Hey folks, we are continuing the momentum we saw closing out 2019 with markets continuing to make all time highs. Of course we must be careful in these markets but staying on the sidelines is not the answer.
Weekly Market Sound-Bites;
• The markets rolled on this past week as the targeted killing of Soleimani on Jan 3rd and the resulting Iranian missile strike did not keep the markets from making new All Time Highs…We also saw the DOW move briefly over 29K before pulling back slightly. The current S&P PE Ratio of 19.65 is around the highest it has been in 40 years. The Yield gap (S&P Earnings Yield which is Earnings over Price [opposite of PE Ratio] measures the S&P Earnings Yield vs the 10 Year US Treasury and it shows a 3.4% Gap which is inexpensive and helps channel more money into the Equity markets. The rally in 2019 was all about PE multiple expansion since earnings growth was flat to negative….
• We’ve seen since Oct 8th of 2019 the S&P has risen over 14% which was also the last day the S&P saw a close greater than + or – 1% on the day…remember that 2017 only saw 6 days all year where the S&P closed more than 1% higher or lower at close for the day…we are also seeing Volatility as measured by the VIX coming in lower and with the short interest falling over 30% in the past 60 days it should lessen the impact of any Volatility structured event in the markets…This market truly is “A Timex Market” where it just keeps taking a beating yet keeps on ticking…
• Abnormally low interest rates allow for the PE multiple expansion but in 2020 we will need to see Earnings come thru to keep prices on track for another good year. Most analysts expect the S&P to gain between 5% and 10% which would put the end of year S&P from 3425 to 3600. However, when you have a year like 2019 where with the S&P moves up 28% while Earnings are flat will make it more difficult for the US Fed manage their go-forward interest rate plans. There are essentially 3 big risks to the markets in 2020; Inflation resurfaces, China Trade Deal unwinds; -and finally the Presidential Election in November. Not counting on any geo-political event such as a war or other unknow scenario these risks will drive the 2020 market performance.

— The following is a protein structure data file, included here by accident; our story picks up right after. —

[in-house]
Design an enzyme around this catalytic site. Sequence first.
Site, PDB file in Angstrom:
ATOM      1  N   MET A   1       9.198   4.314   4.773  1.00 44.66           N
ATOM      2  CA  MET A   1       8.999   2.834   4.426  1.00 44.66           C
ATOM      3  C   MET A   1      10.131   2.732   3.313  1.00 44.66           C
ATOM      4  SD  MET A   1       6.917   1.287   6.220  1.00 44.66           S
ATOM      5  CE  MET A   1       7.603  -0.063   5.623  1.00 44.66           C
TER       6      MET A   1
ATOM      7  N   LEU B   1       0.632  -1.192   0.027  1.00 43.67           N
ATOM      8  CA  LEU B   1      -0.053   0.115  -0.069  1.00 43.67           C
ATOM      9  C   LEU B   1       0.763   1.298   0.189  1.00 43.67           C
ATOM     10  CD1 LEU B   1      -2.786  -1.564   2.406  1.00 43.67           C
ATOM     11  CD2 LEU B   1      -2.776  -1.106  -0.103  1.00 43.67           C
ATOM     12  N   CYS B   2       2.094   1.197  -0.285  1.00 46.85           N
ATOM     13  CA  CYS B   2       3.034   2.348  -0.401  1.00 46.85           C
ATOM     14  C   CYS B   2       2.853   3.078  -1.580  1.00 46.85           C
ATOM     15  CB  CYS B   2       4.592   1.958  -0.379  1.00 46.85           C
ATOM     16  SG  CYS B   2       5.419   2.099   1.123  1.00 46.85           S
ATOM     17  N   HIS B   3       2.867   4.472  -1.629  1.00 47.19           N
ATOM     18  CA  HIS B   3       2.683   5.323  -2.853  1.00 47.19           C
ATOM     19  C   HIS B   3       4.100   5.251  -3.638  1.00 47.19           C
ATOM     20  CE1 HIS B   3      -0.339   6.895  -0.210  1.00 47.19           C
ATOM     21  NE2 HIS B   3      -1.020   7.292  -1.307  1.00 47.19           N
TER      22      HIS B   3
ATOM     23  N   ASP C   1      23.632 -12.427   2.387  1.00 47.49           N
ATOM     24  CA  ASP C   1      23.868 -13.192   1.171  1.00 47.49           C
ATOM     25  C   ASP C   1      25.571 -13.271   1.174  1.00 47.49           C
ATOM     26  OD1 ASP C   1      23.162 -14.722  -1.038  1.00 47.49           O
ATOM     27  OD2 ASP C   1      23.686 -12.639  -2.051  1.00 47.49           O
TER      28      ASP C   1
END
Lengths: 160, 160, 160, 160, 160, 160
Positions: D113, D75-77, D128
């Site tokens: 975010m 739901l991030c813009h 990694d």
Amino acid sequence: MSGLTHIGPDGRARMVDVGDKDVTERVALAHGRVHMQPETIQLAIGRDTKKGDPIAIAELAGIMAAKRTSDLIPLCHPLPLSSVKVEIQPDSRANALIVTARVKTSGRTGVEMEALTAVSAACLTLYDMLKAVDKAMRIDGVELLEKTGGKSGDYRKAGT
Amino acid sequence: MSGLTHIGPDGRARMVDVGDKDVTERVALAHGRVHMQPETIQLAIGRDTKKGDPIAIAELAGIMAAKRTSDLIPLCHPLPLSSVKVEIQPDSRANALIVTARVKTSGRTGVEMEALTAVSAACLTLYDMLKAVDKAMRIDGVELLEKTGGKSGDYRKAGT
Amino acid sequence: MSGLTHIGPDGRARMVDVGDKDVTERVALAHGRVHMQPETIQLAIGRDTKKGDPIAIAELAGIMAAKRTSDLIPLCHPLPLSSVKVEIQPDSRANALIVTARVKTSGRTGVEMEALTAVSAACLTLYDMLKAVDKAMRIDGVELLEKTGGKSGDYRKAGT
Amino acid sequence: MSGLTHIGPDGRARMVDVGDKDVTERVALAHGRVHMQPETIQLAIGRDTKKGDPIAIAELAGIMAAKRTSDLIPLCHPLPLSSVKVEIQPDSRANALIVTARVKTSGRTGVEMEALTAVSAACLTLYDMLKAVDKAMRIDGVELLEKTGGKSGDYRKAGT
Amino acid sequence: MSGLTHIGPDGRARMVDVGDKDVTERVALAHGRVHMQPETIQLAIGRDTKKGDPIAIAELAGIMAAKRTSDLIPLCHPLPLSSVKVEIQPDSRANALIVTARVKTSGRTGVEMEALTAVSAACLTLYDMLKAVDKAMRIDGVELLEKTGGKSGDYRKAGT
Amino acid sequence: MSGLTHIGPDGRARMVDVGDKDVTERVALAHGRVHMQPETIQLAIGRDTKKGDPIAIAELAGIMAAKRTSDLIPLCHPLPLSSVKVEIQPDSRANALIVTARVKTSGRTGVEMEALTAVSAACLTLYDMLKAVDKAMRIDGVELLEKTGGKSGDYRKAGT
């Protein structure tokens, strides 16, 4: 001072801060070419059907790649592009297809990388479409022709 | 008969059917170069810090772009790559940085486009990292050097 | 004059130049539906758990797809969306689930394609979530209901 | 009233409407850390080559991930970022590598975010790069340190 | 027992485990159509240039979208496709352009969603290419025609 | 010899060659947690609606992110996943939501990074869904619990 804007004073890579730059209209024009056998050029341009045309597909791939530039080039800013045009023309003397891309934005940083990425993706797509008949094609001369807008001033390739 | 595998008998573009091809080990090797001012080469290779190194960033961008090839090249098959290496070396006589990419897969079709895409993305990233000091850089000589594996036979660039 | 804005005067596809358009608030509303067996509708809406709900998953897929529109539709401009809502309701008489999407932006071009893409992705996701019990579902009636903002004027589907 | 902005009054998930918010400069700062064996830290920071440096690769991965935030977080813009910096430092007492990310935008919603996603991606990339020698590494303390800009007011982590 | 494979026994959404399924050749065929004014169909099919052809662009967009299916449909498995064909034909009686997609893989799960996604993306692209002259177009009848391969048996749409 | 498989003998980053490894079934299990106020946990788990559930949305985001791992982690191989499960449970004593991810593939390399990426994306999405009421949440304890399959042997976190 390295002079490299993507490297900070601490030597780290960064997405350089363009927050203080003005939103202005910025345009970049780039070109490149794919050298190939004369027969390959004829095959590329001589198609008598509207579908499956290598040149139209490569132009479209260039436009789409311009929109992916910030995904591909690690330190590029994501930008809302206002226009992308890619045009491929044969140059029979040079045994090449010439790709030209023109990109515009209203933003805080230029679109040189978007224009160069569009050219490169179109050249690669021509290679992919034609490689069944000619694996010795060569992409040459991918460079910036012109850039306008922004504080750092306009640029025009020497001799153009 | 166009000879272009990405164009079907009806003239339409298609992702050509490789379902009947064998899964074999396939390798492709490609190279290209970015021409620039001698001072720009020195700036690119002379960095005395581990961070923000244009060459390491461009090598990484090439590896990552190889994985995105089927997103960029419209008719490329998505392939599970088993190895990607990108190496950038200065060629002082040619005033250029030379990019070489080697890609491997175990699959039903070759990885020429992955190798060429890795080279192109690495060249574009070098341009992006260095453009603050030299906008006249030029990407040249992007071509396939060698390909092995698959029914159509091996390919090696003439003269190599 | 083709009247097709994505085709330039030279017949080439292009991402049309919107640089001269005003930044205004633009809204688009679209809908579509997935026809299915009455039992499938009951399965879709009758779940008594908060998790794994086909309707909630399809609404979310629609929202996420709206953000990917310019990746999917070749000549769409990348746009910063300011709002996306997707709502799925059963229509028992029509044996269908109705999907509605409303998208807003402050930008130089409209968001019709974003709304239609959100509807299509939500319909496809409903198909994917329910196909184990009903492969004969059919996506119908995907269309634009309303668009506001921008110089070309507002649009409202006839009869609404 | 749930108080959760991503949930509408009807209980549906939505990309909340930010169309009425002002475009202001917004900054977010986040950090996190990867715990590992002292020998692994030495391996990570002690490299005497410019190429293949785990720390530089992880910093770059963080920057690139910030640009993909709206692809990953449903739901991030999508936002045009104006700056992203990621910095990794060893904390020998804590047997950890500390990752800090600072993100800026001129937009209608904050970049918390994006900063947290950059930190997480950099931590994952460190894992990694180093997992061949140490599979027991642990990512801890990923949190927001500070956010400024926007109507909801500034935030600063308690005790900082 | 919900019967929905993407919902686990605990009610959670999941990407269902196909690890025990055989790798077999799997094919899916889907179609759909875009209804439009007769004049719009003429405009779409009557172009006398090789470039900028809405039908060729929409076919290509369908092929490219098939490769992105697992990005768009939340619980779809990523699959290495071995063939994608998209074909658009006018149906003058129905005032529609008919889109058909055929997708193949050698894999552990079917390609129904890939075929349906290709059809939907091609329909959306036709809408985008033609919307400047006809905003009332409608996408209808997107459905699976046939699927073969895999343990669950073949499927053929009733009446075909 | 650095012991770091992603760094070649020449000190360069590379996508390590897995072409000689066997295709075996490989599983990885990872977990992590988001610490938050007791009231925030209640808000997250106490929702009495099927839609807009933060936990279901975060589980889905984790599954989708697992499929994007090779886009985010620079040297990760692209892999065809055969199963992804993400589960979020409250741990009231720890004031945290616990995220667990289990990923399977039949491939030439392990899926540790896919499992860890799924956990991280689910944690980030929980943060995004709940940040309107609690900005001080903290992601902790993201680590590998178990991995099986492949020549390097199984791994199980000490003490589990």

• And thus far, the US consumer is still very strong due to very low unemployment rates (lowest in 50 years) and wage inflation is essentially still held in check. It really is a two speed economy where Manufacturing is globally in a tailspin but seems to be bottoming out but well below the 50 levels (10 year lows) is seen as simply holding even year over year while the Services sector is holding above the 50 levels and still expanding…Also holding inflation in check is technology which can allow businesses to hold its revenues constant and substitute technology for labor essentially going with a “capital light” type business model. This has the impact of holding inflation levels lower than normal, especially given the current 3.5% unemployment rates.
• Currently the top 5 stocks; AAPL, MSFT, GOOGL, AMZN and FB account for over 16.7% of the total S&P weighting so in a sense, these heavily weighted tech stocks are driving the S&P bus at this time…It also is more heavily skewed with ETF holdings as well as Passive Index Funds all jumping on board. It is important to note that in 1980 there were over 11,500 publicly traded companies and today there are only 3,600 which does tend to skew results to those heavily weighted stocks.
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